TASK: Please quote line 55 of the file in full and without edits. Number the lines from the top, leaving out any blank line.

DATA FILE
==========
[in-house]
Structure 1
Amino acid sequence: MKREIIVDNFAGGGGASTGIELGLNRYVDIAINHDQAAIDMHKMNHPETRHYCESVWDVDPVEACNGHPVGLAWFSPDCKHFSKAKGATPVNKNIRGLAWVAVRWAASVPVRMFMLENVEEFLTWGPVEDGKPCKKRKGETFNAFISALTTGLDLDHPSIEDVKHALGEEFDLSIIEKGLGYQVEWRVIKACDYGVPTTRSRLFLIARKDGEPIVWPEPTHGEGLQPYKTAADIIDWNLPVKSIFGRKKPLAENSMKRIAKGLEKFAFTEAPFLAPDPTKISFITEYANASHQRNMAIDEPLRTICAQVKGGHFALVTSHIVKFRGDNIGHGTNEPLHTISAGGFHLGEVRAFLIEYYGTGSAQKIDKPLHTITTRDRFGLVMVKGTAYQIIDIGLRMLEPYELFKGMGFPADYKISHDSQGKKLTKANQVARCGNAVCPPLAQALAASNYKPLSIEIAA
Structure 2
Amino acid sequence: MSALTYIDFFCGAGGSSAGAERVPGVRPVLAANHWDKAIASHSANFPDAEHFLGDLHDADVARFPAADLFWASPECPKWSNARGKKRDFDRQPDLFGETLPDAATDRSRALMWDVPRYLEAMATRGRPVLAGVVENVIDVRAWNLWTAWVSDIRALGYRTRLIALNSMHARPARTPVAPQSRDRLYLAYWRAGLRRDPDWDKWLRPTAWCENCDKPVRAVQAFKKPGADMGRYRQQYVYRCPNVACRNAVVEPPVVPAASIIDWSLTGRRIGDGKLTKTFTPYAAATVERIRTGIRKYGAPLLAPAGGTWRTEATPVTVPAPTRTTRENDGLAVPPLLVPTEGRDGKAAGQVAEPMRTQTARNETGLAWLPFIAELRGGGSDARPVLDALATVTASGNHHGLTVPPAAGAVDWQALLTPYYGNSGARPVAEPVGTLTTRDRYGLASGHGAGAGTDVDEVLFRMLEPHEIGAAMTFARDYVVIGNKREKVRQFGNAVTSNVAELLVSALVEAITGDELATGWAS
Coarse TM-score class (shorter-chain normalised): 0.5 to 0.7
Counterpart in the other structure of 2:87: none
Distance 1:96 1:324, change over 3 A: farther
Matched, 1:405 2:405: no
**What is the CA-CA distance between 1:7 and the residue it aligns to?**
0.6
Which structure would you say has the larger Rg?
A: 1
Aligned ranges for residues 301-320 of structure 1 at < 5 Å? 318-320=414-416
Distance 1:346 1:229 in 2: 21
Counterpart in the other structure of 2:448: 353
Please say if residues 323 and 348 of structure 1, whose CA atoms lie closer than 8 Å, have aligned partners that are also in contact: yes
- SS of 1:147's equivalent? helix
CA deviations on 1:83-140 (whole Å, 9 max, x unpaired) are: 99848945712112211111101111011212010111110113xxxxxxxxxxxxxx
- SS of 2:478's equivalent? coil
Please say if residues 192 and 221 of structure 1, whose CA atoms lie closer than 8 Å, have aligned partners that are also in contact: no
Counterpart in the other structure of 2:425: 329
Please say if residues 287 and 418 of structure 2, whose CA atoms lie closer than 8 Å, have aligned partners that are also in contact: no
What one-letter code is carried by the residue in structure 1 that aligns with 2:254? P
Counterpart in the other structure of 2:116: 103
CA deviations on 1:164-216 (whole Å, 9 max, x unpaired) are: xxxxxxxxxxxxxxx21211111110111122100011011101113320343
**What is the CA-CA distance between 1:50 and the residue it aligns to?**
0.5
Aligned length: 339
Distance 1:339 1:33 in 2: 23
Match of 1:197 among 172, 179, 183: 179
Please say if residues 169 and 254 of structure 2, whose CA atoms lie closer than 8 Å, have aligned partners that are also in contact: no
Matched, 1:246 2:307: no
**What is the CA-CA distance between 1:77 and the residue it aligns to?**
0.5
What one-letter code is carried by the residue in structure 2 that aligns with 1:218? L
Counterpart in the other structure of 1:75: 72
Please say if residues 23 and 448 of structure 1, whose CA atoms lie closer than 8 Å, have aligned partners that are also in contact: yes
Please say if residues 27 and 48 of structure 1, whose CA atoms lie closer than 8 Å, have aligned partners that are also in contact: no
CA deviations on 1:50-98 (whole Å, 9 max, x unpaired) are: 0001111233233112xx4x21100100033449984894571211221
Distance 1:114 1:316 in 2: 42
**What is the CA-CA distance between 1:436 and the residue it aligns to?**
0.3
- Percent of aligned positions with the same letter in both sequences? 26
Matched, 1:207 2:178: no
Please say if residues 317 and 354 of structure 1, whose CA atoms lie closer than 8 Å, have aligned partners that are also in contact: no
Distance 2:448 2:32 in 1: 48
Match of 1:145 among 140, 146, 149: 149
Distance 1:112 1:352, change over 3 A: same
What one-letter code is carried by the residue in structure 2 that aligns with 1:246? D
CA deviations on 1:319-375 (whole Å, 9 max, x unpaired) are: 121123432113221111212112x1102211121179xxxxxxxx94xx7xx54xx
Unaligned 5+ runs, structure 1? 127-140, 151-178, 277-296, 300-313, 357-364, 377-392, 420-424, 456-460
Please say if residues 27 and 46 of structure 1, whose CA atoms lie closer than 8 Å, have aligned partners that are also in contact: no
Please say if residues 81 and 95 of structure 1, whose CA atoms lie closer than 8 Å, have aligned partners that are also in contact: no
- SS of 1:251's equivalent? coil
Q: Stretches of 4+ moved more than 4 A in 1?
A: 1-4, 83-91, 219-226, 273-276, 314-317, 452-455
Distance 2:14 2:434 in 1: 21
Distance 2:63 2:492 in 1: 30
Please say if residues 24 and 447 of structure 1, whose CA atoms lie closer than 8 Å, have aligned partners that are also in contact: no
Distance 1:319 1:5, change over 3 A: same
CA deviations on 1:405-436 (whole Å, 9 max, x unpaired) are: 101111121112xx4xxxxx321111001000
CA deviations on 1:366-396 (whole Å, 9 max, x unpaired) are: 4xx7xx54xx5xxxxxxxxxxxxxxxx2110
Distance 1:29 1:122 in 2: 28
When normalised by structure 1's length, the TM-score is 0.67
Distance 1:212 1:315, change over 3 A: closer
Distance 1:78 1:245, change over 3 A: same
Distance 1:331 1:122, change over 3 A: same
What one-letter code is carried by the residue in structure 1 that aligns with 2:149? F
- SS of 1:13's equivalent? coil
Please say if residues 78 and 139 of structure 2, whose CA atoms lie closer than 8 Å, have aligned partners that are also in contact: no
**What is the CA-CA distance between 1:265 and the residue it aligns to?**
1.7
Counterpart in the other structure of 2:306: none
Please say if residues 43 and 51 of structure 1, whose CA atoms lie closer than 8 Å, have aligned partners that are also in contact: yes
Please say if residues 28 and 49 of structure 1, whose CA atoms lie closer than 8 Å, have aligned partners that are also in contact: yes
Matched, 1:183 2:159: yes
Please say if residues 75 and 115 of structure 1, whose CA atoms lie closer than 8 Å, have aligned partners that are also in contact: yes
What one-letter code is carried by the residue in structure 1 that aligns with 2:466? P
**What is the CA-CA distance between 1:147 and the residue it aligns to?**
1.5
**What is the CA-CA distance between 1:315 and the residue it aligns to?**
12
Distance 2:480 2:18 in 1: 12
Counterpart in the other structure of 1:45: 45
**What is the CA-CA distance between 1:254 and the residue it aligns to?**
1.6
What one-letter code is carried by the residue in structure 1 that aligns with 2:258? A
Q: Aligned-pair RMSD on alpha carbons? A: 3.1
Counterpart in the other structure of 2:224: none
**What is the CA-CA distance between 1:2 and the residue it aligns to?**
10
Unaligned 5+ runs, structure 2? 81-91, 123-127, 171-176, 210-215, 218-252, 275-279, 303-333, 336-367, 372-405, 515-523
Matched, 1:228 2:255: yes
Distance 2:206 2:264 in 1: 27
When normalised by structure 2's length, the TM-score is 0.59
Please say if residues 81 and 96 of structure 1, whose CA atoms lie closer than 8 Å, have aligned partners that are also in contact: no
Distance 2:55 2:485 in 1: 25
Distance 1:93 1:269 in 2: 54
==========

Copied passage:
- SS of 1:251's equivalent? coil